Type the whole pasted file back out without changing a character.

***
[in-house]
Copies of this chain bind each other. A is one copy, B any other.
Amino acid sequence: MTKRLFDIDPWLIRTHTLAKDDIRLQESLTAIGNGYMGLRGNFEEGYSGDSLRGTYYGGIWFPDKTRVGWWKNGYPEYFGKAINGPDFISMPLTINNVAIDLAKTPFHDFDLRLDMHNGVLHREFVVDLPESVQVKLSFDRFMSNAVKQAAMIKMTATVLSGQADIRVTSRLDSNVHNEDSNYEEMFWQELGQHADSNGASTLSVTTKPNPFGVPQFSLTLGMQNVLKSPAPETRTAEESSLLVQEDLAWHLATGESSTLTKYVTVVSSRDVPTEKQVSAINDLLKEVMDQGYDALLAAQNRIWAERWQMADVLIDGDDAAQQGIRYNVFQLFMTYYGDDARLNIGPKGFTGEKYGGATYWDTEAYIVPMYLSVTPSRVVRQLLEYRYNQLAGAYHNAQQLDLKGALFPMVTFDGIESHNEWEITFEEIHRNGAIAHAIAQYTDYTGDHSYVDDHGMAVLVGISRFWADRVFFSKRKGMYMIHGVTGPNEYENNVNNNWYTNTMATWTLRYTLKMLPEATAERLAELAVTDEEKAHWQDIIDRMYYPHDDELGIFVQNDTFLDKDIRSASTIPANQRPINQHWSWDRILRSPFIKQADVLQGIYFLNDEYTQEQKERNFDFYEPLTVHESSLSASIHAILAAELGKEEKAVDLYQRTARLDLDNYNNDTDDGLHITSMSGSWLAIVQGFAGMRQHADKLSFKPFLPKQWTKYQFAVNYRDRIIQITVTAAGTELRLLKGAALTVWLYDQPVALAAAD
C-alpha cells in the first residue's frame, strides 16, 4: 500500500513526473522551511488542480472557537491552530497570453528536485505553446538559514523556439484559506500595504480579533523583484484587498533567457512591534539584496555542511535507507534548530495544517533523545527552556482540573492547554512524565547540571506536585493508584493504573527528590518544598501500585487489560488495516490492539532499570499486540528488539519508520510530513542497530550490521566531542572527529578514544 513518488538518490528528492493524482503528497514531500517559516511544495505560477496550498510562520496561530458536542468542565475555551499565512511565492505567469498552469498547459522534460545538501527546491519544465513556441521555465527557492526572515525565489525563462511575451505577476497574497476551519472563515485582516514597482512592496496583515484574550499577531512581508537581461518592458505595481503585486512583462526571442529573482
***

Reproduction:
[in-house]
Copies of this chain bind each other. A is one copy, B any other.
Amino acid sequence: MTKRLFDIDPWLIRTHTLAKDDIRLQESLTAIGNGYMGLRGNFEEGYSGDSLRGTYYGGIWFPDKTRVGWWKNGYPEYFGKAINGPDFISMPLTINNVAIDLAKTPFHDFDLRLDMHNGVLHREFVVDLPESVQVKLSFDRFMSNAVKQAAMIKMTATVLSGQADIRVTSRLDSNVHNEDSNYEEMFWQELGQHADSNGASTLSVTTKPNPFGVPQFSLTLGMQNVLKSPAPETRTAEESSLLVQEDLAWHLATGESSTLTKYVTVVSSRDVPTEKQVSAINDLLKEVMDQGYDALLAAQNRIWAERWQMADVLIDGDDAAQQGIRYNVFQLFMTYYGDDARLNIGPKGFTGEKYGGATYWDTEAYIVPMYLSVTPSRVVRQLLEYRYNQLAGAYHNAQQLDLKGALFPMVTFDGIESHNEWEITFEEIHRNGAIAHAIAQYTDYTGDHSYVDDHGMAVLVGISRFWADRVFFSKRKGMYMIHGVTGPNEYENNVNNNWYTNTMATWTLRYTLKMLPEATAERLAELAVTDEEKAHWQDIIDRMYYPHDDELGIFVQNDTFLDKDIRSASTIPANQRPINQHWSWDRILRSPFIKQADVLQGIYFLNDEYTQEQKERNFDFYEPLTVHESSLSASIHAILAAELGKEEKAVDLYQRTARLDLDNYNNDTDDGLHITSMSGSWLAIVQGFAGMRQHADKLSFKPFLPKQWTKYQFAVNYRDRIIQITVTAAGTELRLLKGAALTVWLYDQPVALAAAD
C-alpha cells in the first residue's frame, strides 16, 4: 500500500513526473522551511488542480472557537491552530497570453528536485505553446538559514523556439484559506500595504480579533523583484484587498533567457512591534539584496555542511535507507534548530495544517533523545527552556482540573492547554512524565547540571506536585493508584493504573527528590518544598501500585487489560488495516490492539532499570499486540528488539519508520510530513542497530550490521566531542572527529578514544 513518488538518490528528492493524482503528497514531500517559516511544495505560477496550498510562520496561530458536542468542565475555551499565512511565492505567469498552469498547459522534460545538501527546491519544465513556441521555465527557492526572515525565489525563462511575451505577476497574497476551519472563515485582516514597482512592496496583515484574550499577531512581508537581461518592458505595481503585486512583462526571442529573482